(47a) A Discrete Population Balance Model for Particle Breakage In Dense-Phase Particulate Systems | AIChE

(47a) A Discrete Population Balance Model for Particle Breakage In Dense-Phase Particulate Systems


Capece, M. - Presenter, New Jersey Institute of Technology

Population balance models (PBMs) provide a quantitative understanding at the process length scale for comminution processes. Not only can PBMs serve as a quantitative tool for simulation, design, and optimization [1,2], but they can also elucidate the breakage mechanism(s) such as massive fracture, cleavage, and/or attrition [3]. Time-discrete or space-discrete PBMs are commonly used for comminution processes in which the average residence (retention) time of the particles is relatively short and the process can be described by considering a series of elementary breakage events each with a small duration of Dt or with a small length DL, respectively [1]. 

Traditional discrete linear PBMs (DL-PBMs) assume the independence of particle breakage from the surrounding particle population. However, at the particle ensemble scale, particles of all sizes mechanically interact with each other. Particles, which have a dynamically varying size distribution and inter-particle contacts, deform and transmit forces among themselves. The distribution of contact forces (stresses) evolves with the continuously changing population density and thus leads to a population-dependent breakage probability. These multi-particle interactions become dominant especially in dense-phase comminution processes. Toward accounting for these multi-particle interactions explicitly, a non-linear kinetics framework for rate-based comminution processes has been proposed [4], which decomposes the specific breakage rate into an apparent first-order breakage rate and a population-dependent functional. The functional describes different types of non-first order breakage kinetics.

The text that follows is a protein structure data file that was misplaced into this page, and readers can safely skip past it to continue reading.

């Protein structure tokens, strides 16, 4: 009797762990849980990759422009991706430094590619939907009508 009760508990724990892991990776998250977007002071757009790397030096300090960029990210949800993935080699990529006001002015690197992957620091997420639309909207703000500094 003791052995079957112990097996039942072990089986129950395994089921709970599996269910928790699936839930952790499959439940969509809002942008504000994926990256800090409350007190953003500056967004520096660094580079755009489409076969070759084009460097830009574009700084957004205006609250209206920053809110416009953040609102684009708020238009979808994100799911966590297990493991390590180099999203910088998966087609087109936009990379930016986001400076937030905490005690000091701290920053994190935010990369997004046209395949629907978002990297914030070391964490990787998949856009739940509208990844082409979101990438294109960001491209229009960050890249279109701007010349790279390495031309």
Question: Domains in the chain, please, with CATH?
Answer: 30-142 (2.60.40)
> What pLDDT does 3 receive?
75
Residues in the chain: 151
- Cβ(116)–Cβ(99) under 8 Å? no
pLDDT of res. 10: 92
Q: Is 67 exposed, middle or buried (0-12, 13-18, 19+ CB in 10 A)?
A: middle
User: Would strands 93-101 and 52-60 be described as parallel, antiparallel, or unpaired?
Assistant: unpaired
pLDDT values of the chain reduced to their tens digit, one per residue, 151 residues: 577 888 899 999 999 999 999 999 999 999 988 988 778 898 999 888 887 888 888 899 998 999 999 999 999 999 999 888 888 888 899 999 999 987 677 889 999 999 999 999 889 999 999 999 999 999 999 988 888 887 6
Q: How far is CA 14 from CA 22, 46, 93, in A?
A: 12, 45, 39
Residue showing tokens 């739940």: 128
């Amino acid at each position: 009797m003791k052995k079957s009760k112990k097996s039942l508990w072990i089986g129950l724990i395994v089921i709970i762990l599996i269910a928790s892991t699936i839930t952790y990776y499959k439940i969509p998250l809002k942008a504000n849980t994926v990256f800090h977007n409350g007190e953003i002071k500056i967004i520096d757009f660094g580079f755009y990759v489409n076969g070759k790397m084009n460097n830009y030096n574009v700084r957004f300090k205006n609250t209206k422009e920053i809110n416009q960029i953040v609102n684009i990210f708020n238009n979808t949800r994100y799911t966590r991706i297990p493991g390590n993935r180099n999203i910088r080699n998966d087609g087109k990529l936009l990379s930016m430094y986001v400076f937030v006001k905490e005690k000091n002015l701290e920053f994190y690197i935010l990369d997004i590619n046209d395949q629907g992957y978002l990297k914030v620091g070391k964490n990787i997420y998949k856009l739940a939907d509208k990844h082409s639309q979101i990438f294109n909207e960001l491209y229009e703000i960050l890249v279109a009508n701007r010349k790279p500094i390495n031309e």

In this study, using the aforementioned framework, we formulate a fully discrete, non-linear population balance model (DNL-PBM) in an attempt to analyze and model the multi-particle interactions for dense-phase comminution processes. Numerical simulations considering the breakage of binary- and poly-dispersed particle mixtures were performed to assess the predictive capability of the DNL-PBM over the traditional DL-PBM. They provided significant insight into the retardation effect of fines on the breakage probability of the coarser particles experimentally observed in particle bed compression tests. With a flexible mathematical structure able to account for multi-particle interactions explicitly, the DNL-PBM can serve as a framework to model dense-phase comminution processes. The practical applicability, accuracy, and stability aspects of the model are also discussed.


[1] L.G. Austin, A review: introduction to the mathematical description of grinding as a rate process, Powder Technol. 5 (1971) 1–17.

[2] A.D. Randolph, M.A. Larson, Theory of Particulate Processes, Academic Press, San Diego, 1988.

[3] E. Bilgili, R. Hamey, B. Scarlett, Nano-milling of pigment agglomerates using a wet stirred media mill: elucidation of the kinetics and breakage mechanisms, Chem. Eng. Sci. 61 (2006) 149–157.

[4] E. Bilgili, J. Yepes, B. Scarlett, Formulation of a non-linear framework for population balance modeling of batch grinding: beyond first-order kinetics, Chem. Eng. Sci. 61 (2006) 33–44.